I have seen some recent threads with people asking questions about what they should have in their bug-out bag or what things they should stock up on for their home etc... Most people do this without putting the required thought into it.
* First a lot of hunters and other pseudo-outdoorsmen are planning to go out to the local National Forest and live off the land.
One ) Local game would run out quickly, everyday would be like the last day of hunting season (i.e. usually the worst day to hunt).
Two ) Most people do not know what wild plants are safe to eat.
Three ) Camping out is nice for a weekend but try it for a month, most common camping gear would fall apart under serious constant use.
Four ) There would be a lot of seriously hungry people in the woods with you in short order. Traditional hunter gathers have spent their entire lives learning how to live off the land, they have the stored knowledge of generations to build own and they have “cultivated” wild patches of food. They also have a large area of land to support them. The common modern American hunter has none of these advantages and will not survive as long unless they also happen to be an Eagle Scout. And even a 1940’s era Eagle Scout would be hard pressed to survive off the land for an indefinite period of time.
* Second a lot of people have the plan to flee to their lake cabin or other remote vacation property and start to farm the land. Well most have problems keeping their Petunia’s alive without a lot of fertilizer and pesticides, they have no farming equipment at their summer cottage, and they have no seed stock or knowledge to start off with. Also most cottages are just modern houses in remote locations and are just as dependent on electricity etc…
* Third, people have bought some Wise Foods or MRE’s and throw them in a closet and think that they are prepared. They have no means to obtain fresh water, heat or cook their food. They might have a fire place but no serious supply of wood handy or a means to obtain some (they don’t even have a bow saw or axe).
Of these three groups the third group is the best prepared for most contingencies in my opinion. The chance of a wide spread chemical or nuclear attack is very low, but a hurricane, tornado or other natural disaster is probably much higher. A terrorist attack using a dirty bomb or chemical attacks will probably be very local in area. I advocate to being prepared to live without power, water or outside support for at least 7 days, I highly recommend a longer period of time, but 7 days is a minimum.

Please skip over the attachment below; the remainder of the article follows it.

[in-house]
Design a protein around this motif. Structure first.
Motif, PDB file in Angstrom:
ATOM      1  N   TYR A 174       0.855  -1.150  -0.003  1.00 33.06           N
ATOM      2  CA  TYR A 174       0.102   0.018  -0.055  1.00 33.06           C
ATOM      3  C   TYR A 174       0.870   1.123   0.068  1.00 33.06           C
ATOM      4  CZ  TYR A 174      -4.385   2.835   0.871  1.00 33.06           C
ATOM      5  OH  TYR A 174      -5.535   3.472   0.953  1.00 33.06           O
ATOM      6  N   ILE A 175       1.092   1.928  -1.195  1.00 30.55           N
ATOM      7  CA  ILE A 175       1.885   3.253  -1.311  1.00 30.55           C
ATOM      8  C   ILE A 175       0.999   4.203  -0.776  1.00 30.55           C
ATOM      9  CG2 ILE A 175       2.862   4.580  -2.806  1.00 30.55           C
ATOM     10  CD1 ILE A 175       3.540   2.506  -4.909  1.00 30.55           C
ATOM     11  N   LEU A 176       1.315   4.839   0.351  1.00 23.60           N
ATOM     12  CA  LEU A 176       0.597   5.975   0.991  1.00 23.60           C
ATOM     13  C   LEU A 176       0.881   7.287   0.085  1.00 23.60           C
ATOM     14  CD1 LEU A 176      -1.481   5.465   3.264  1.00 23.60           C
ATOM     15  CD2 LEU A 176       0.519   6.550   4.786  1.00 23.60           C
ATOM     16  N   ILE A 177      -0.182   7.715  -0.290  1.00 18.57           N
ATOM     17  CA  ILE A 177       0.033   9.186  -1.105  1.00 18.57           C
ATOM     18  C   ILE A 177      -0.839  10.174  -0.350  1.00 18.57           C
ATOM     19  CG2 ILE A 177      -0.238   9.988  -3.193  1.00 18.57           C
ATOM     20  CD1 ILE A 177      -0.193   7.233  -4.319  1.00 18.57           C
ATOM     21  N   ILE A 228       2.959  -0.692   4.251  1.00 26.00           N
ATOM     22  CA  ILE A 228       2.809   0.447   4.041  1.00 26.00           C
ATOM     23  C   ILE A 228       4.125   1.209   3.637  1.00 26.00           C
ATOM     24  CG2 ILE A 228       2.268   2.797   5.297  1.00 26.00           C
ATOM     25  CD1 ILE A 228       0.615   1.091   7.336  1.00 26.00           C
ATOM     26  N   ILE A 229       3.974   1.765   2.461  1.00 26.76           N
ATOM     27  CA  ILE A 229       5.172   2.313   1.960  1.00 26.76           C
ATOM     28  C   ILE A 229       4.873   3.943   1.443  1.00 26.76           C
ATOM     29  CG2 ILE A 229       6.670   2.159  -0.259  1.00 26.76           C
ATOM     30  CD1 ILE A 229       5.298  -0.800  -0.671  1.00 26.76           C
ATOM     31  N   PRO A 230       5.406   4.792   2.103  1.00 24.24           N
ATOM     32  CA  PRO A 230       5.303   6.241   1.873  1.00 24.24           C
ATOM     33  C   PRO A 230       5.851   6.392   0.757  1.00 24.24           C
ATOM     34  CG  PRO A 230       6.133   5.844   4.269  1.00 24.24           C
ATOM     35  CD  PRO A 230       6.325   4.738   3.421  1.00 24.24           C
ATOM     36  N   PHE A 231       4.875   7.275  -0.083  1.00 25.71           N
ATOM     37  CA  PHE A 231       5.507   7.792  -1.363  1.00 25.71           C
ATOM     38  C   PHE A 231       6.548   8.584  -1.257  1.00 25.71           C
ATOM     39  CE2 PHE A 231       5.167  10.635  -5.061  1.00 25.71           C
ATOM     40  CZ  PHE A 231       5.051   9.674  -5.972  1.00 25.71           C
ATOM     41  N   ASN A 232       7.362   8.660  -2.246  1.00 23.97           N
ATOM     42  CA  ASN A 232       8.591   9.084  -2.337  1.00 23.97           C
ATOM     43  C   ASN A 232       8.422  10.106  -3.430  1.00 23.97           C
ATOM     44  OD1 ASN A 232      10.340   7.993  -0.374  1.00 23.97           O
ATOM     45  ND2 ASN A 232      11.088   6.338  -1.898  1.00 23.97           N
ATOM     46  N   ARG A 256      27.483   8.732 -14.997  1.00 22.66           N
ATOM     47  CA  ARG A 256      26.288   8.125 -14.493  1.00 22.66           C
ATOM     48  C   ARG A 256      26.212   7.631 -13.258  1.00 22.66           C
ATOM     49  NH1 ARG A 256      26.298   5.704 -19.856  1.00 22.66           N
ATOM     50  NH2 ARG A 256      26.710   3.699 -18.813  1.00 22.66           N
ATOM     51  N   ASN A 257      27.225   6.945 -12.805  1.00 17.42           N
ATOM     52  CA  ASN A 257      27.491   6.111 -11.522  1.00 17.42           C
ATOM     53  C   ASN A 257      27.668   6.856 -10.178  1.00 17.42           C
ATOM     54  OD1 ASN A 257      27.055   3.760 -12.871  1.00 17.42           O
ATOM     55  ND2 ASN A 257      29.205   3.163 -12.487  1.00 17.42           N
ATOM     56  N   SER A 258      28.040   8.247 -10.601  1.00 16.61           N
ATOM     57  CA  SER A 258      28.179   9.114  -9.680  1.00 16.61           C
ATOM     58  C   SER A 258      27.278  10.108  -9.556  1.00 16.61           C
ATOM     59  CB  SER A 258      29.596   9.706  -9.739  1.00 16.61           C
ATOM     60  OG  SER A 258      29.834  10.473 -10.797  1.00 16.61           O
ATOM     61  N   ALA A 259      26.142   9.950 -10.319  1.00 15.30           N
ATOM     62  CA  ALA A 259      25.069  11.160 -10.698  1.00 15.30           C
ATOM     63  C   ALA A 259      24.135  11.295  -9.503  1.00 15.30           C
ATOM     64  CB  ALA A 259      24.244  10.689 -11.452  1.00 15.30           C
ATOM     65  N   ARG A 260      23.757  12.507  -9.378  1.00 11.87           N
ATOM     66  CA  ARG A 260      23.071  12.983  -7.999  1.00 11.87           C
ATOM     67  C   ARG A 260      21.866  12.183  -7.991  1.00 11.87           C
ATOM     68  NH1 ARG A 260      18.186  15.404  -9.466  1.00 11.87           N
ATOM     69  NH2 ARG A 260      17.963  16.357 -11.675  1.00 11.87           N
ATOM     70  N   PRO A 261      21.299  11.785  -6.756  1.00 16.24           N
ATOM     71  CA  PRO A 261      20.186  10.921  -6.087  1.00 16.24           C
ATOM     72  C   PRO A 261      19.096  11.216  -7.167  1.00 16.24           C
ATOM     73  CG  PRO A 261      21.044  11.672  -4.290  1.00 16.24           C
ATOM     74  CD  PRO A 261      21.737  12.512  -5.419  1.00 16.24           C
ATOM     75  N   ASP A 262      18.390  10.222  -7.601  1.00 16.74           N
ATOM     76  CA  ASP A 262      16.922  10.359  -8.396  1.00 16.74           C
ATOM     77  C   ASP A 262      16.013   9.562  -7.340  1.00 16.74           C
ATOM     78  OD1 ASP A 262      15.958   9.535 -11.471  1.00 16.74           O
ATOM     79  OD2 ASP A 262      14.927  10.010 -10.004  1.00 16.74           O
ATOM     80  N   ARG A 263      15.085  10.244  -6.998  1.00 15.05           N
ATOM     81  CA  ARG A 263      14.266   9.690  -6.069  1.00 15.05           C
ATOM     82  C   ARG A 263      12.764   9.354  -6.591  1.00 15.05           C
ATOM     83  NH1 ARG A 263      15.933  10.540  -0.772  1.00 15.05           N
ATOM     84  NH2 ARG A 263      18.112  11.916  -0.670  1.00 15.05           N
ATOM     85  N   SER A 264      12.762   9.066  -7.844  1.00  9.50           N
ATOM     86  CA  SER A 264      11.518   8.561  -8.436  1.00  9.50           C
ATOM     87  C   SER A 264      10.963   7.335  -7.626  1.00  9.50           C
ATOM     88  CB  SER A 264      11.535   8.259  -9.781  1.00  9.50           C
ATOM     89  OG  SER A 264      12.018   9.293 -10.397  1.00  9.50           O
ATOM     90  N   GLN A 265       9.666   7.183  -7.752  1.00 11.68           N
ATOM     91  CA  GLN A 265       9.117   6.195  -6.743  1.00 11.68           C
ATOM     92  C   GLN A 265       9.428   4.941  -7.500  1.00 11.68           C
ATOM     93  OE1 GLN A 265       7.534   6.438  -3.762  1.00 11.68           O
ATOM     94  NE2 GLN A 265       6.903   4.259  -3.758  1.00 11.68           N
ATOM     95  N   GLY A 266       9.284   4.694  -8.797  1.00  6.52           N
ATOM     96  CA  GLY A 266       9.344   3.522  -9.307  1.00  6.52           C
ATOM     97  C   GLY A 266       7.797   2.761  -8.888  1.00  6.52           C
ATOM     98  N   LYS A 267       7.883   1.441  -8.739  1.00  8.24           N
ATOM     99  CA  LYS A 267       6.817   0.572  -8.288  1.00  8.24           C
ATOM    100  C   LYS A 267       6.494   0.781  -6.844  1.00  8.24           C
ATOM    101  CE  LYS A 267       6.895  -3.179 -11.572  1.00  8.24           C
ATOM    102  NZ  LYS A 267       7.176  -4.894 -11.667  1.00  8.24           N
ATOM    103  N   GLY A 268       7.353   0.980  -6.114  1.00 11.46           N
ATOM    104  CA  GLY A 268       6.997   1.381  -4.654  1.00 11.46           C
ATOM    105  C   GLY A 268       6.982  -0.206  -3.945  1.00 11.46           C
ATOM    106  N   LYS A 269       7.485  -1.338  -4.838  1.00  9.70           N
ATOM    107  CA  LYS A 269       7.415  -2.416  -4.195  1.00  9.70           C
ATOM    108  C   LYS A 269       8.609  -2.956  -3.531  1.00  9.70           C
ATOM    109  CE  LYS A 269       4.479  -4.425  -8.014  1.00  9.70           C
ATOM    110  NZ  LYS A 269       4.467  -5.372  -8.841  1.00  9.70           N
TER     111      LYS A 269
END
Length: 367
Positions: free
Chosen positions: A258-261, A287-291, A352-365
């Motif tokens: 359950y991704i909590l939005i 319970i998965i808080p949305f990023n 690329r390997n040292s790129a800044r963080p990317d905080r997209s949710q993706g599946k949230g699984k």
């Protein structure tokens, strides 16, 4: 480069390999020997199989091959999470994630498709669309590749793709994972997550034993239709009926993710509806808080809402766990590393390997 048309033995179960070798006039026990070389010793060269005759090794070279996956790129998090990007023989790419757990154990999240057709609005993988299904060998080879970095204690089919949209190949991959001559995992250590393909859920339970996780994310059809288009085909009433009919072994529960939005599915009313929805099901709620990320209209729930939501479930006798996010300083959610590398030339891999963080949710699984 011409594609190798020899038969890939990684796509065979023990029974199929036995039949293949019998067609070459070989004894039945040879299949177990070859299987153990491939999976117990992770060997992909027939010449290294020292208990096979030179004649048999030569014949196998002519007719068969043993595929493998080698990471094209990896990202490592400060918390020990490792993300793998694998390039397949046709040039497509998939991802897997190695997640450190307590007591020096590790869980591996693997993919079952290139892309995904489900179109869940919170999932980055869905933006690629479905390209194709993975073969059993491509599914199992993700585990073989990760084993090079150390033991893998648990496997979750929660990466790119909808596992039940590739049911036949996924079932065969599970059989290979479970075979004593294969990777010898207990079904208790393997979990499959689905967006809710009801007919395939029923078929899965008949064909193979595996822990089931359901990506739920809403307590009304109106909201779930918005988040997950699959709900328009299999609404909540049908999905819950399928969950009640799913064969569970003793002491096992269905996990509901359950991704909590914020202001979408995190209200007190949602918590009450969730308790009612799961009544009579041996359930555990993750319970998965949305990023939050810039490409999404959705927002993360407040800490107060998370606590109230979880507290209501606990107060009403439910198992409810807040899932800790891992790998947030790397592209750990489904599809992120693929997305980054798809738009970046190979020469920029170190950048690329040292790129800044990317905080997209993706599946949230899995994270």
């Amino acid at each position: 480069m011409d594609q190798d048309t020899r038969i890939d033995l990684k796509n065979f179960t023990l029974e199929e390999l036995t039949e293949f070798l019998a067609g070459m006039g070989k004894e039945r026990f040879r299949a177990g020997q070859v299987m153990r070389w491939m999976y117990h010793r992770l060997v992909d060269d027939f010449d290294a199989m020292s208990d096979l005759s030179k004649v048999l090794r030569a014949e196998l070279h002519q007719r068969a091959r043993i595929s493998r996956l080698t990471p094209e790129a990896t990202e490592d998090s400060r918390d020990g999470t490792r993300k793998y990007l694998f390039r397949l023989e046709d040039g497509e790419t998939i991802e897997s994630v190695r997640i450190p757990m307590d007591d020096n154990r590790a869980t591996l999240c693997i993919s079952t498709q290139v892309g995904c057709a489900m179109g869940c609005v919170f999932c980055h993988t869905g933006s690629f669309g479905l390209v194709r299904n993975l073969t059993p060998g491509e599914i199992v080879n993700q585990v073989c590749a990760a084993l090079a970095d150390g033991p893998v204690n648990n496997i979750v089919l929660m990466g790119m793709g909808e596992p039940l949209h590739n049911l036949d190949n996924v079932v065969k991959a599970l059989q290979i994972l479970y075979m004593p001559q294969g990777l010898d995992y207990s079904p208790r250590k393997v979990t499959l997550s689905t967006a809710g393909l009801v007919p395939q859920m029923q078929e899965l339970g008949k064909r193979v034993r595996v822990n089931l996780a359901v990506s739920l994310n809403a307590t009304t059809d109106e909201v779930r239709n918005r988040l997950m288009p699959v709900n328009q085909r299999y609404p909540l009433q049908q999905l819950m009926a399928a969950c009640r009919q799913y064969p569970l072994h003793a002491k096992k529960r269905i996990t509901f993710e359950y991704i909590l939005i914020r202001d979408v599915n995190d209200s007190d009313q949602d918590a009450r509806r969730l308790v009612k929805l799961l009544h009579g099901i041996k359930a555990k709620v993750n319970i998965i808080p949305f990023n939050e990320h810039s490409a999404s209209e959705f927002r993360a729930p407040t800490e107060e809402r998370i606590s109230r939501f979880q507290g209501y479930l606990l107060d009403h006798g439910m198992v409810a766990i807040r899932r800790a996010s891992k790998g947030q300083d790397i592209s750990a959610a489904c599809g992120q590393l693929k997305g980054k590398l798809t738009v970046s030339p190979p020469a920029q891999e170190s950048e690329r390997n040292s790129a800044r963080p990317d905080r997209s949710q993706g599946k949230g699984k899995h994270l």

You have to think about keeping warm, food, water, security, personal hygiene, medicine etc… If you live in a coastal area and have to evacuate due to hurricanes then you either have to be able to bring these with you or go to a place where they are already in place. If you don’t have these basics you need them before you need a hazmat suit and gas mask.
For food storage I recommend storing what you eat and eating what you store. My family eats a lot of dry goods, beans, rice, flour, canned vegetables etc… When we first started to build up a surplus we simply bought a little extra each shopping trip, wrote the dates on them and place them in the pantry. This allowed us too slowly and affordably to build up our stores. We use the oldest items first and replace them when they are used. You have to have a method to keep records, and for us it is a dry erase board hanging on the pantry door. I recommend the Crisis Preparedness Handbook: A Comprehensive Guide to Home Storage and Physical Survival by Jack A. Spigarelli. He offers a good highly modifiable plan. If you have the space for it start an organic vegetable garden. Even if you just grow tomatoes and a few herbs you will gain skills and some minimum tools and you have the potential to scale up if the time requires.
I suggest that your first option should be to shelter in place, and only bug-out when you absolutely have too. This is the easiest way to plan even if you live in a large city. You can have a better plan for defense and set up rain barrels, build a solar oven, and do a lot of other things that are not very portable. I suggest having a Bug-out bag in each vehicle, mainly to get you home from your daily travels, I have a thread about what I have in mine.
Once you have your stores and bug-out bags, test them. Take your bug-out bag camping and learn what you are missing (I forgot to include toilet paper). Take a long weekend and don’t turn on any power or water and see how well you do. Try them in different seasons, see what you need to include for cold weather, etc…
Once you cover the basics then you can worry about NBC attacks, Carrington events, EMP’s and the other stuff.